Disney – the company that brought you “Song of the South” and tar babies now presents “Pizza Oom Mow Mow” on the pier at California Adventure.

There’s a big classic Coney Island style rollercoaster and something called the “Twilight Zone Tower of Terror”. Not wanting my first major stroke to be in a place where the paramedics all wear Peter Pan costumes I passed on both.

We returned to Disneyland, nostalgic for the days when California Adventure used to be a parking lot.

Night fell on the Magic Kingdom and it got a little chilly. No worries. There’s a clothing store every hundred feet. Me: “Excuse me, Tracy/Stacey/Kaysee/Lacy, do you have a men’s sweatshirt that doesn’t have Tinkerbell on it? Or Mickey in a wizard’s cap? Or Mulan? Or a fucking fairy castle!?” I bought a Davy Crockett coonskin cap so at least my head was warm.

Even in the evening when the crowd thinned out there was still a 45 minute wait for the aptly named Dumb-o ride.

No trip to Disneyland would be complete without a harrowing bobsled ride down the Matterhorn. It always takes me back to my idyllic childhood, going on it once with my dear sweet grandmother and hearing her drop the f-bomb.

The Haunted Mansion is now inhabited by a bi-lingual ghost. He gives spooky instructions in both English and Spanish.

Never got to Toontown. There were enough over-stimulated, sugar revved, screaming, out-of-control little hellions in all the other lands.

Following the fireworks and “Disney Dwarfs on Parade” or whatever the hell that noisy thing was, we dutifully reported to Space Mountain to take advantage of our Fast Pass. Wow! Space Mountain was always great but this new revamped version is awesome. You know they mean business when they tell you to take your glasses off. As I was crawling off the rocket sled on my hands and knees I said to my wife, “Now THAT’S a thrill ride!”

Finally, it was time to leave. Where did twelve hours and hundreds of dollars go? A half hour to catch the tram and another half hour to find our car in the parking structure the size of Liechtenstein, and we were merrily on our way (to hit massive traffic on the Santa Ana freeway at midnight).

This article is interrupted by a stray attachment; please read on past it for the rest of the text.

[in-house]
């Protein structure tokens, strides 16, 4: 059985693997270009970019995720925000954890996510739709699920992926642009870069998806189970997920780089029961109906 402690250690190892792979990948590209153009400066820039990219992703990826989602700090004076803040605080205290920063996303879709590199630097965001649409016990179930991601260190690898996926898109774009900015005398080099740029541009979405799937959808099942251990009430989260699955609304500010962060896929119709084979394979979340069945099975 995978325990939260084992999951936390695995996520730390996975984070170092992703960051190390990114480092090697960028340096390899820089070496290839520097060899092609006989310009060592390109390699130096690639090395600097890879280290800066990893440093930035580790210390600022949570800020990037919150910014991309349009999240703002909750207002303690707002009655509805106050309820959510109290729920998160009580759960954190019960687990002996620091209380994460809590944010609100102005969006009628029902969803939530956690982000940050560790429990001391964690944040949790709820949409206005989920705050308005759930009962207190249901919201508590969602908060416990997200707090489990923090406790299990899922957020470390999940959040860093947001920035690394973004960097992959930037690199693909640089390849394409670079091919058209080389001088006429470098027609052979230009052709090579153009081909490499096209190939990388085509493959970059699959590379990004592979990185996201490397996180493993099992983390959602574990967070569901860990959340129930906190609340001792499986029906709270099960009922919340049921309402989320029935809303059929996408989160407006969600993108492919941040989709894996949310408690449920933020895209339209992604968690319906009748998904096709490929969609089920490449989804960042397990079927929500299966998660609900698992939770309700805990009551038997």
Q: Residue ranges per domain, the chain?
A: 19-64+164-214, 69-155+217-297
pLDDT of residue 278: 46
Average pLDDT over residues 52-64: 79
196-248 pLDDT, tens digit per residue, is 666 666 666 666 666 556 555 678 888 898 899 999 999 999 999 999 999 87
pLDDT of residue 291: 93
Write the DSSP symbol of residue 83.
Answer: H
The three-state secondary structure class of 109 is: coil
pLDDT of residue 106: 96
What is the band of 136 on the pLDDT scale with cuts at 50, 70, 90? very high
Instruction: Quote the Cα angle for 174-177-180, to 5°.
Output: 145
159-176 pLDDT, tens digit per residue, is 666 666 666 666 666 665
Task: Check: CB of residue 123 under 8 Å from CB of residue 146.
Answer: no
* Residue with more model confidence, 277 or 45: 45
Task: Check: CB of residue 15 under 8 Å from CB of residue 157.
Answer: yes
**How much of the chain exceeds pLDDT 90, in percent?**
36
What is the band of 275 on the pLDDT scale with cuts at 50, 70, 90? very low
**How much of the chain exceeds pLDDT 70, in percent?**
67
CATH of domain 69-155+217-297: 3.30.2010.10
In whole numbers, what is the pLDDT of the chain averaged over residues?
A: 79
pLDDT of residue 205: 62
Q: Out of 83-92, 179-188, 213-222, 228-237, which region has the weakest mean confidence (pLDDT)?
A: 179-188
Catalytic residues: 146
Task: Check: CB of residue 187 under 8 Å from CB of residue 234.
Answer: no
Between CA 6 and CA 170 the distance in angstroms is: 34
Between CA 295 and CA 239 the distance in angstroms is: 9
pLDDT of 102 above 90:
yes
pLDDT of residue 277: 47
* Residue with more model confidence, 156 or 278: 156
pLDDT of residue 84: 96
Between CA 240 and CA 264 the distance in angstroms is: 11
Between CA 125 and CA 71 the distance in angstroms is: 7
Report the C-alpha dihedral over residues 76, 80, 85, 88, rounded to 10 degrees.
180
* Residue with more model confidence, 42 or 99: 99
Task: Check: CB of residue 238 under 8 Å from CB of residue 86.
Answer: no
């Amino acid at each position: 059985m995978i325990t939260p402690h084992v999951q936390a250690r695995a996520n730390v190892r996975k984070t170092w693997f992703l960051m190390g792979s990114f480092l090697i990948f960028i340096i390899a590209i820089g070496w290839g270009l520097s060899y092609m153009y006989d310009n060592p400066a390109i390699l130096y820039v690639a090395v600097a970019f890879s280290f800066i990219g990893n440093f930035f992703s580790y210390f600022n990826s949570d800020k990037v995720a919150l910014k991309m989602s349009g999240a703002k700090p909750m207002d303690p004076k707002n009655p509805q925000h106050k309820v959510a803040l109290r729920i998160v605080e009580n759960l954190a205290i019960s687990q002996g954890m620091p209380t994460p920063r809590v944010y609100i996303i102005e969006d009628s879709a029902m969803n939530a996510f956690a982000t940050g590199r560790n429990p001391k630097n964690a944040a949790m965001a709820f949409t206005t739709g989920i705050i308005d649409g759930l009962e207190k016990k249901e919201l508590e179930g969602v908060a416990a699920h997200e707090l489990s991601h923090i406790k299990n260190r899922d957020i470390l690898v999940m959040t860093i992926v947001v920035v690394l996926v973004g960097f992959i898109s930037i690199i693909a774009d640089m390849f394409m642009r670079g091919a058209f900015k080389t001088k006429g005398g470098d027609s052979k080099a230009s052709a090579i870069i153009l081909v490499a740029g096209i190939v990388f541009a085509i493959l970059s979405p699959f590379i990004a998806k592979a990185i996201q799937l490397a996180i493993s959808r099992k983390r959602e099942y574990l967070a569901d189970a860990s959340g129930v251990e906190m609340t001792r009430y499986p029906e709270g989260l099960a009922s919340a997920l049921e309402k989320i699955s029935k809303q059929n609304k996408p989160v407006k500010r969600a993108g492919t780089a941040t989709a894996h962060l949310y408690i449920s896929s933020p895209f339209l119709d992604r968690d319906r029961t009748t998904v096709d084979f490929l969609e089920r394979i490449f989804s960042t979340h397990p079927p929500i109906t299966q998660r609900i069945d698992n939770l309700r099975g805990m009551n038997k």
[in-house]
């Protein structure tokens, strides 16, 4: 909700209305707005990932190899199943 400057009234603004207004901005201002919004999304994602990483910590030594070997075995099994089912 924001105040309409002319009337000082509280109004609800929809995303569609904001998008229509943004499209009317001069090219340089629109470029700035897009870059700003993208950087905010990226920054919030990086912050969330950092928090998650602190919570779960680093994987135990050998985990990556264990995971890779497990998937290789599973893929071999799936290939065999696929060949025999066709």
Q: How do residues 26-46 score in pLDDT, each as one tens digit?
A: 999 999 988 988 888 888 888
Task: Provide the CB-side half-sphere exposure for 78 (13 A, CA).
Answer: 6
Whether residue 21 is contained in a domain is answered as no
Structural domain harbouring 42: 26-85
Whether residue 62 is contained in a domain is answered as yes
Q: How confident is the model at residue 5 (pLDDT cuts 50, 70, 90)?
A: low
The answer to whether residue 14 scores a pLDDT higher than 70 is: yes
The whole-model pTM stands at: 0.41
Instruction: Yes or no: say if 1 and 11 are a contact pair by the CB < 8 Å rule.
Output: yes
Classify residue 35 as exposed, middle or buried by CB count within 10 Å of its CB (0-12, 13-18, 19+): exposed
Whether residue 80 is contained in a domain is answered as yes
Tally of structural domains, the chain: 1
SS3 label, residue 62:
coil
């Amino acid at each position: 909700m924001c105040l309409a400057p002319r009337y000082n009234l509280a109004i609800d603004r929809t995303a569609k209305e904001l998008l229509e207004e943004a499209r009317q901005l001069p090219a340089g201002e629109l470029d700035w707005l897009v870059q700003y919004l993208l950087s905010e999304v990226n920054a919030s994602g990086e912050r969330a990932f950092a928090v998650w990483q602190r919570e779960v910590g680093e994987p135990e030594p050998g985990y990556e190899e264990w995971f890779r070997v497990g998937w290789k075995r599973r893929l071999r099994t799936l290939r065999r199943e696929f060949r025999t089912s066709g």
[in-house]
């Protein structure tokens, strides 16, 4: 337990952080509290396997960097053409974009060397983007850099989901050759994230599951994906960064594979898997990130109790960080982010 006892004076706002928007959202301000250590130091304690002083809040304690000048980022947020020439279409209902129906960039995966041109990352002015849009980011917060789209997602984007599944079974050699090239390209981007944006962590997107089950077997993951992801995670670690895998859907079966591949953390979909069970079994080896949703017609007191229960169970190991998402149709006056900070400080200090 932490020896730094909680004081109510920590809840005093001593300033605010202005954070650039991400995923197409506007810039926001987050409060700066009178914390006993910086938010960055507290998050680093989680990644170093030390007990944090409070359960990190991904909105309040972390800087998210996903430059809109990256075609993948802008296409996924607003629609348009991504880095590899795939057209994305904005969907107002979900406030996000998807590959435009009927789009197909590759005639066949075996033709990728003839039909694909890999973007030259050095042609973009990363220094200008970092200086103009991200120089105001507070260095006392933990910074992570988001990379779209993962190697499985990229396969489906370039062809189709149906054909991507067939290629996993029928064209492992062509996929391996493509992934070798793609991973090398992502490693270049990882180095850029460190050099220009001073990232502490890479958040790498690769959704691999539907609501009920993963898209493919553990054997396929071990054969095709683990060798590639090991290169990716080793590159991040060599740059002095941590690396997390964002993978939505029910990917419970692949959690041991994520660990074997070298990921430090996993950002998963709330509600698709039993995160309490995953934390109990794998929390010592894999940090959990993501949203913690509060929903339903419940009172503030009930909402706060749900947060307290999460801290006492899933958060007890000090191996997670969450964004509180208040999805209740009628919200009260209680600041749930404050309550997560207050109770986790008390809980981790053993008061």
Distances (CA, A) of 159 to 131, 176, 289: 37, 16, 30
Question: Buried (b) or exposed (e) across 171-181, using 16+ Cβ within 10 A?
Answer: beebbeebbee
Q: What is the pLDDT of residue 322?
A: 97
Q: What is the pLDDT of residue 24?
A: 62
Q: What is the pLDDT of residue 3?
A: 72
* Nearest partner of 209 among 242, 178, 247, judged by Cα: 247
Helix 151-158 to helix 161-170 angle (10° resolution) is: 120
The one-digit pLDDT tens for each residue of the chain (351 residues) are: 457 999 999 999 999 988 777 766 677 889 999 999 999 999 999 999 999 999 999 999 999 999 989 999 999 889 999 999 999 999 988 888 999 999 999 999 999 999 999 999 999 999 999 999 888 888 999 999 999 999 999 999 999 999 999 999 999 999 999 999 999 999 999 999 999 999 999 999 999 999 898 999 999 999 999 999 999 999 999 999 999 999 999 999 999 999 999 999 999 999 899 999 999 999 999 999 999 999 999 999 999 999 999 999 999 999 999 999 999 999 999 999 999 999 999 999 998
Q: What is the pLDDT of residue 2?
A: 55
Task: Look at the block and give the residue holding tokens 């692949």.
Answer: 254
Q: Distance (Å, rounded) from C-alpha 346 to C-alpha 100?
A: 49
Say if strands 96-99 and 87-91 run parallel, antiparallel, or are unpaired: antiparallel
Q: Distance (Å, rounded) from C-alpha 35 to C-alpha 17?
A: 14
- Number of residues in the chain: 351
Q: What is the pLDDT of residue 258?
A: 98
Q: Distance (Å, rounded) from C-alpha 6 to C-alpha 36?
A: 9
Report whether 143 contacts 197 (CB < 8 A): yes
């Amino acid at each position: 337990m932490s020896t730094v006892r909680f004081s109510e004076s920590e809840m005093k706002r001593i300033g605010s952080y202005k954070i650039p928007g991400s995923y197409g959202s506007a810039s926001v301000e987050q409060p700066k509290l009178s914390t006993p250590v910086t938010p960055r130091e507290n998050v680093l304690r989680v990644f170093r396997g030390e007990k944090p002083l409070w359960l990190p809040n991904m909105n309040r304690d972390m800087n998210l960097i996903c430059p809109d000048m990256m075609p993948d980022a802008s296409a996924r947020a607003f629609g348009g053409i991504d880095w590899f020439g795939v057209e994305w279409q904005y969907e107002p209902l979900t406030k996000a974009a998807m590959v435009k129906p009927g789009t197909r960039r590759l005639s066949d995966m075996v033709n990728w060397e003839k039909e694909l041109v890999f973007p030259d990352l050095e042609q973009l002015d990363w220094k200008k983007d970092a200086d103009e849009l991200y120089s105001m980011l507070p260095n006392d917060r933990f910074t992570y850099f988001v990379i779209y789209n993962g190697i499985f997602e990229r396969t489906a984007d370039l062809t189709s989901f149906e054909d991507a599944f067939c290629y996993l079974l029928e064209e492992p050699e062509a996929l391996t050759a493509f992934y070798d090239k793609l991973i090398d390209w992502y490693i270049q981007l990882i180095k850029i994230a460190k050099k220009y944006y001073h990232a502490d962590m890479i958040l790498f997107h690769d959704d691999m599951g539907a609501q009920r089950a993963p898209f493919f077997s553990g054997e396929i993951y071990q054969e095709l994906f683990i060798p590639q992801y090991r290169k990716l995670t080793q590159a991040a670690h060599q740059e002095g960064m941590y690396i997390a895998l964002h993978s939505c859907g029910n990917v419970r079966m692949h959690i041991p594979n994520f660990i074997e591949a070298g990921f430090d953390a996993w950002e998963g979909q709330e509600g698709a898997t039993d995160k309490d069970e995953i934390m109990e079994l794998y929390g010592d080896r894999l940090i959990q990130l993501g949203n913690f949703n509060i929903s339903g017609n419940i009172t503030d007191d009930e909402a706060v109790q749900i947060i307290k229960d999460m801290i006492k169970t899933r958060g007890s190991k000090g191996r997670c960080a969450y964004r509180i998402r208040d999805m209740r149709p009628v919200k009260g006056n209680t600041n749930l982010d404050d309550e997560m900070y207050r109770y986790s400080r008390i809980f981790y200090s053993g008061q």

I have always loved Disneyland. I’m not ashamed to say it. I am ashamed to wear any of those sweatshirts but even as a five year-old curmudgeon I marveled at the imagination, scope, and vision of this wondrous (albeit highly profitable) world. So I will be back. Soon. My Fast Pass reservation for the Little Nemo Submarine Voyage is November 21st at 6:30 AM.

Friday, February 17, 2017

Friday Questions

Getting you ready for the Presidents Day weekend, here are some FQ’s.

Greg starts us off.

What's the practice for referencing famous people living or dead, specifically in comedy writing, whether it's on screen or in book form? Do you have to get some kind of clearance beforehand, especially when they're used in a joke that might not be entirely flattering? Maybe drawing on a commonly held stereotype for that person (i.e. alcoholic, adulterer).

If they’re a public figure they're fair game.  You can use their name. If you show their likeness you need clearance.

If you mention them in a derogatory manner you always run the risk of a libel suit. But that’s certainly a gray area. Look at SNL.

From Mike Lonergan, Tacoma:

Starting a new radio job, did you ever find yourself saying the wrong call letters? I swear the "red phone" call I got from the program director my first night was friendly and casual, but it went like this..."Just a couple things--I'd like you to keep the music a little more up-tempo. Oh, and do you have a pencil? Write this down, K-B-R-O. That's the name of the station, not what you've been saying."

Not as a disc jockey. But I did slip up once as a baseball announcer. After doing the Orioles games for a season I moved over to Seattle. The first time we were back in Baltimore I paused for station identification and told Seattle fans they were listening to “The Baltimore Orioles Radio Network.” Oops. My partner, Dave Niehaus laughed for ten minutes.

Speaking of Dave, next month Sports Illustrated is doing a salute to the Seattle Mariners and included is a tribute to Dave that I wrote especially for the magazine. I’ll let you know when it hits the newsstands.

Keith Bodayla queries:

In looking for scripts online of shows I want to write a spec for, I've come across several people who have posted their own spec scripts online. What are your thoughts on this practice? Seems like a bad idea to me, or at least not one that would land you a job. But I could be wrong.

That’s a very bad idea. You have zero protection. And once that content is out on the web anything can happen. Someone could steal your script, put their name on it, submit it to a show, get hired, and you are completely unaware.

Do whatever you can to protect your material. Register every script with the WGA. Go here for details.

There’s enough stealing when properties are protected. Don’t make it easy for someone to rip you off.

cd1515 asks:

How much do you think being a comedy writer helped you get into baseball?